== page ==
LA art critic Mat Gleason said: "Deitch is actually inoculating the museum from conflicts of interest with high-wealth collectors." By putting on more pop-culture orientated shows, "he can go to low-level donors and say, 'We throw really cool parties, why don't you donate to us?' " In response, Deitch wrote to museum members saying the institution's programme was "a response to and an articulation of the current art and cultural landscape today". Moca, he said, would continue to engage audiences in a "dynamic and scholarly way".

Friends of Deitch say he's tired of being criticised for placing pop art or shows about disco culture ahead of cutting-edge art. But they also say he's perfect for Los Angeles because it is a city "wrapped up in celebrities and celebutantes".

It's the artists, then, who may have to accept that they live in an entertainment town. "But, of course, they're freaked out that people like James Franco are getting exhibitions because it's not serious and it doesn't matter," says a Moca supporter.

Artists, however, not collectors or institutional managers, may still have the final say. "If showing at Moca means selling out, then no one is going to want to show there," says one.

• This article was amended on 23 July 2012. The original wrongly gave the location of Eli Broad's rival museum as Wilshire Boulevard.


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January 05 2011

Dennis Hopper's shot at Warhol

Image of Mao dented with two bullet holes from Hopper's shotgun among memorabilia to be sold by Christie's in New York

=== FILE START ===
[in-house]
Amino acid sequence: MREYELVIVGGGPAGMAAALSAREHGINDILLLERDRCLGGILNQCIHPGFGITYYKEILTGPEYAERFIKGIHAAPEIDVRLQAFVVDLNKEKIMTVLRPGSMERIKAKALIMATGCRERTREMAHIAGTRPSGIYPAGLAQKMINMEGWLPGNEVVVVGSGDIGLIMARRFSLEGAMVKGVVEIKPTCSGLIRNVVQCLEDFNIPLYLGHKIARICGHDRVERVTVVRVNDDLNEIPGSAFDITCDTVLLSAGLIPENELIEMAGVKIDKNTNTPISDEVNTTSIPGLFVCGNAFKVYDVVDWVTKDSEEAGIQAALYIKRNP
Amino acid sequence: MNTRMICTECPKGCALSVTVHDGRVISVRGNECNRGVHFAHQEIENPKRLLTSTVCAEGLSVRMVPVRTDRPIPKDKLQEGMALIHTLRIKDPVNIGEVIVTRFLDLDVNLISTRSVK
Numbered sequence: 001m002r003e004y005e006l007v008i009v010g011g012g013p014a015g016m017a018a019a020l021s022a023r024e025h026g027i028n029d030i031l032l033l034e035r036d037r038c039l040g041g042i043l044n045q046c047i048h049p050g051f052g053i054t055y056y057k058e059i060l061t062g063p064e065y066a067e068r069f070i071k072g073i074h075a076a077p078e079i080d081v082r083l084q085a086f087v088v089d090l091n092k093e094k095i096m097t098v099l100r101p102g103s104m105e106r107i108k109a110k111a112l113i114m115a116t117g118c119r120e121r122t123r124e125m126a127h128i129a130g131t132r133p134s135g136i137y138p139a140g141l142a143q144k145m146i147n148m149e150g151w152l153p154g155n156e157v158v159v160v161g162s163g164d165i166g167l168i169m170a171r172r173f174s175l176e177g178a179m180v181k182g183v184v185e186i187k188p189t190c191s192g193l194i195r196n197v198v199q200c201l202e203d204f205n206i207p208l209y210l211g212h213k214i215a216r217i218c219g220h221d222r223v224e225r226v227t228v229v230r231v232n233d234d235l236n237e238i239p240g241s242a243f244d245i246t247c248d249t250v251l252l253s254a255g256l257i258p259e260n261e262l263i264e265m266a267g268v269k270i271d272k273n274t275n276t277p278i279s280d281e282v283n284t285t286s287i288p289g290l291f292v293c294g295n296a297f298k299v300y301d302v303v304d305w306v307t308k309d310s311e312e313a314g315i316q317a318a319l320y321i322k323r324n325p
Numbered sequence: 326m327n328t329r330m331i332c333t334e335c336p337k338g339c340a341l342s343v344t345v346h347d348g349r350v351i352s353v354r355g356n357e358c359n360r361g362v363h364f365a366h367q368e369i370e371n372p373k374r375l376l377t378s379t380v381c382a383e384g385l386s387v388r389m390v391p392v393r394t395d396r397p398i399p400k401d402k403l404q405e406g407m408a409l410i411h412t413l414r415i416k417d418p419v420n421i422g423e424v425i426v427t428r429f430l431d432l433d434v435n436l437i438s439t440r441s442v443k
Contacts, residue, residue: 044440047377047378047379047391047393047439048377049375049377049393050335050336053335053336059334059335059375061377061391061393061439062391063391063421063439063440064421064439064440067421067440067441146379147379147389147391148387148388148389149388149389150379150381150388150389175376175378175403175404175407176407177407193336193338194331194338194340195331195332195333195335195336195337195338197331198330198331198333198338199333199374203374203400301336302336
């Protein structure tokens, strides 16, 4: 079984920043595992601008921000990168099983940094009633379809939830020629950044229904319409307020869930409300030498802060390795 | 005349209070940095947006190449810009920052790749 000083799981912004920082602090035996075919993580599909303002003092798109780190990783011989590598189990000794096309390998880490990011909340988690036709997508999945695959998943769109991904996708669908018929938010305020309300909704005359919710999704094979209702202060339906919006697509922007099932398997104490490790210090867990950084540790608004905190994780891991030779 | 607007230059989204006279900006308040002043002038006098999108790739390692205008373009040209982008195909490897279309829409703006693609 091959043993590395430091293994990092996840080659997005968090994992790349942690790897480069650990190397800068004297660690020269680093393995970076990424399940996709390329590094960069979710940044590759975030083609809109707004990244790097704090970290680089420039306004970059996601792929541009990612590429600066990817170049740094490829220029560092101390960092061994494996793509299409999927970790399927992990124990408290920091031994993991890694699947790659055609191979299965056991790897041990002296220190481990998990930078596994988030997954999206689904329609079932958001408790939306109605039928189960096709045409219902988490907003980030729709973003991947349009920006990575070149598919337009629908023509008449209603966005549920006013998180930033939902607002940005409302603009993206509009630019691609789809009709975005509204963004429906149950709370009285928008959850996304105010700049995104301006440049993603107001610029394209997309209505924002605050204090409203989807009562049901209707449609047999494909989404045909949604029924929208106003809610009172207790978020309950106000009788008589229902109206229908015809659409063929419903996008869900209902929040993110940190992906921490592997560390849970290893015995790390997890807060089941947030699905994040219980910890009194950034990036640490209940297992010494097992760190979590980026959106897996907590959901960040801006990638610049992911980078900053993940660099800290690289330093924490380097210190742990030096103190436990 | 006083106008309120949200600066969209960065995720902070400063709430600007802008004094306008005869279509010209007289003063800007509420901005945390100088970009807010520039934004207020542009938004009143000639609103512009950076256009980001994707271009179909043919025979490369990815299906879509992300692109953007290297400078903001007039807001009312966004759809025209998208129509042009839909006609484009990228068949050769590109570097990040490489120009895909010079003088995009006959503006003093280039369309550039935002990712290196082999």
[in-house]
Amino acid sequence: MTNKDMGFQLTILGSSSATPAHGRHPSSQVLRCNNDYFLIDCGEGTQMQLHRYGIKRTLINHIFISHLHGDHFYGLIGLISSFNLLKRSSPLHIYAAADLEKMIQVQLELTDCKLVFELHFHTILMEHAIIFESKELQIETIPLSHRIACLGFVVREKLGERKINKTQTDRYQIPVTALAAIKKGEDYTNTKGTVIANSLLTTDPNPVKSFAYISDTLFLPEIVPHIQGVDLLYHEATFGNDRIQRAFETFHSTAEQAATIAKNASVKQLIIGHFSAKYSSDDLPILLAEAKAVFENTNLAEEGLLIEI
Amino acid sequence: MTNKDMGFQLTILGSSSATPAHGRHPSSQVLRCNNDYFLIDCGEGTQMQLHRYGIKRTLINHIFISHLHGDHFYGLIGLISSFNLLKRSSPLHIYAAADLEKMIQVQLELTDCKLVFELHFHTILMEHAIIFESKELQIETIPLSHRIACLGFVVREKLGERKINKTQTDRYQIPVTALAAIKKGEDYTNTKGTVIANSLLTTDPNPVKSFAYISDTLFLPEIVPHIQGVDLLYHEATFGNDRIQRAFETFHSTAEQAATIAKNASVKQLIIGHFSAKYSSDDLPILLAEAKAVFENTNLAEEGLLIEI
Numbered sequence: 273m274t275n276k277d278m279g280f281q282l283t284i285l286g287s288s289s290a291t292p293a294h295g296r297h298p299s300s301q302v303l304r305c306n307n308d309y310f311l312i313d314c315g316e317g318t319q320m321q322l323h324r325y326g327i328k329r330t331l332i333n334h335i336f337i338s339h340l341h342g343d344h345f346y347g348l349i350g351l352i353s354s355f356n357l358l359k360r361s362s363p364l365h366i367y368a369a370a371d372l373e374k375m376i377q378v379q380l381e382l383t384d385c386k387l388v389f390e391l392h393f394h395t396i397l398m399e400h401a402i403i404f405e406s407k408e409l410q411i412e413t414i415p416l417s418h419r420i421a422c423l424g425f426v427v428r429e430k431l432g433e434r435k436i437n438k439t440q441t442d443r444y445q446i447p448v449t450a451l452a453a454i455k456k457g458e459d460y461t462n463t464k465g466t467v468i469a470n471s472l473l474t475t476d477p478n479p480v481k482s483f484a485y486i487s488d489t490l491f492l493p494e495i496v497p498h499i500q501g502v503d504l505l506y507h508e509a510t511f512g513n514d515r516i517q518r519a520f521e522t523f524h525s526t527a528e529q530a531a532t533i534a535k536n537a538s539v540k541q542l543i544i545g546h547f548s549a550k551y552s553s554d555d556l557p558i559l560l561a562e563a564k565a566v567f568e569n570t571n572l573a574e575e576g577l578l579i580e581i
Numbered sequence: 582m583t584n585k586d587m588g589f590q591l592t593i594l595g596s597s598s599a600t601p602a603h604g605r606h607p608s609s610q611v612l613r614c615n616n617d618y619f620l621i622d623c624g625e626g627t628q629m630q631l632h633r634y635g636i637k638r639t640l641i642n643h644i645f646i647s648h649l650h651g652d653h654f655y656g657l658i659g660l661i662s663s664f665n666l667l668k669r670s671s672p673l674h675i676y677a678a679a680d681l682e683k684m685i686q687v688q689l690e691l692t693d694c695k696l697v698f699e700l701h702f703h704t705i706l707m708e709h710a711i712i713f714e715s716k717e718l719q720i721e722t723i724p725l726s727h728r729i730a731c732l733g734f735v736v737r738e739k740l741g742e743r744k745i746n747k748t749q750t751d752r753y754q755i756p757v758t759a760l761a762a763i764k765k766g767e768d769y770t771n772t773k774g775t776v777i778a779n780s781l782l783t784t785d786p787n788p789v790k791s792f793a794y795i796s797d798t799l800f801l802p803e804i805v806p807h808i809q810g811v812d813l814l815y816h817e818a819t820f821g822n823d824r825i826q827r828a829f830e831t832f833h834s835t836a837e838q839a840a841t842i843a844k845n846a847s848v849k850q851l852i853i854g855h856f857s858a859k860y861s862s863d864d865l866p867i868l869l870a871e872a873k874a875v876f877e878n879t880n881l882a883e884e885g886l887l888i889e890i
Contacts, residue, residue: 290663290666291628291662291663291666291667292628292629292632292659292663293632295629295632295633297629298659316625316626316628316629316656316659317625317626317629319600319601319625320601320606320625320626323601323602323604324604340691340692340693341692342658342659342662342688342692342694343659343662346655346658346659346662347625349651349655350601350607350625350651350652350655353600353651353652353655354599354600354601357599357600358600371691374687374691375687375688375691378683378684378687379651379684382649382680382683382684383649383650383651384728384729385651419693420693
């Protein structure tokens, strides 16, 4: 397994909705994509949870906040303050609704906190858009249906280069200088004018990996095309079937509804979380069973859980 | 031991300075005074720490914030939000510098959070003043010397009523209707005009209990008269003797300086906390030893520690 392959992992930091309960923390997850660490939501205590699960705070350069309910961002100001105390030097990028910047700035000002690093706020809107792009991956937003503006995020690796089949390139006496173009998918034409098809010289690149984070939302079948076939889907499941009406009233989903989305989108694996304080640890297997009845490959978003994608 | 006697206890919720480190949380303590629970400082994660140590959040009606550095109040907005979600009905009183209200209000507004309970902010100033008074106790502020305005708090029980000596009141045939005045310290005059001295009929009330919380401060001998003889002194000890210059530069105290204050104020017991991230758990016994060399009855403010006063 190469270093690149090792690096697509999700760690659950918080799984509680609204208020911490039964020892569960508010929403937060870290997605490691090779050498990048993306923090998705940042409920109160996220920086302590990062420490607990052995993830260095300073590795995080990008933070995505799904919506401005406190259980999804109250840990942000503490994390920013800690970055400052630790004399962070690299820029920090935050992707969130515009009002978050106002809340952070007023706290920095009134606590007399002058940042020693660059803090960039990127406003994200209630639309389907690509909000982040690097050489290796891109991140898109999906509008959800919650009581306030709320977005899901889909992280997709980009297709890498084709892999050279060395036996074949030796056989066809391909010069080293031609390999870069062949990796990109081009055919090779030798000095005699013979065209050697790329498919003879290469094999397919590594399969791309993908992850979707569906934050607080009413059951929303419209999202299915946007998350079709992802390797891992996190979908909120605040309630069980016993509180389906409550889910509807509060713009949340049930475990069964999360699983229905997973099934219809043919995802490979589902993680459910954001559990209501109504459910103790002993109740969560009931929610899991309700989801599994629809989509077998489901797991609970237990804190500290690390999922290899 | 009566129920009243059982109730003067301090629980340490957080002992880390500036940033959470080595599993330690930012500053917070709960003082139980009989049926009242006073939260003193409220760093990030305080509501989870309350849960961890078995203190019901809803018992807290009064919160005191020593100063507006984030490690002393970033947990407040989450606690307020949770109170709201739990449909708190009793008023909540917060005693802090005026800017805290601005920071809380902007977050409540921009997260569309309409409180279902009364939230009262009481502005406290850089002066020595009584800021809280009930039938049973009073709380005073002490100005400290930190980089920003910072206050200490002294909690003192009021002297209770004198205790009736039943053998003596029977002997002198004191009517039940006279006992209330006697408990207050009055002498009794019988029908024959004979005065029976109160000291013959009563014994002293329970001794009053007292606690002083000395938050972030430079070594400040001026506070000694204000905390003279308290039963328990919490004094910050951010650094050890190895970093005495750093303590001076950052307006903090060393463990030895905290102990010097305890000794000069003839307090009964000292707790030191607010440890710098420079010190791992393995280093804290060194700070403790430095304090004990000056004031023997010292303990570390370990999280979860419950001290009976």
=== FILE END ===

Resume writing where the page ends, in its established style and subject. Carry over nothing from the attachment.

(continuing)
We've all been there. It's late, you're at home and you're spooked by one of your works of art – an Andy Warhol screen print of a smiling, smug Chairman Mao – so you pick up a gun and shoot it. One as a warning, the next through his eye.

In truth, only the late actor Dennis Hopper was there and it was the 1970s, a time when he was taking drugs in order to sober up quicker so he could start drinking again. Certainly his friend Warhol didn't mind, cheerfully annotating the two bullet holes.

As a result the work became a Warhol-Hopper collaboration, and it will be sold by Christie's in New York for an estimated £20,000-£30,000 next week, part of a sale of some 300 items of memorabilia and Hopper-owned art that filled his Venice Beach home from floor to ceiling. Many of the items are estimated in the low thousands of dollars and it follows the sale of Hopper's expensive stuff last November when 30 works were sold for a combined total of $12.8m (£8m) including a Jean-Michel Basquiat which went for $5.8m.

Hopper, who died last May aged 74, was a voracious collector from the 1950s onwards – encouraged by the actor Vincent Price – and a friend and patron to many artists as well as being a photographer and painter himself.

A family friend and trustee of Hopper's estate, Alex Hitz, described the Warhol incident. "One night in the shadows, Dennis, out of the corner of his eyes, saw the Mao and he was so spooked by it that he got up and shot at it, twice, putting two bullet holes in it.

"Andy saw it, loved it and annotated those holes," labelling them "warning shot" and "bullet hole".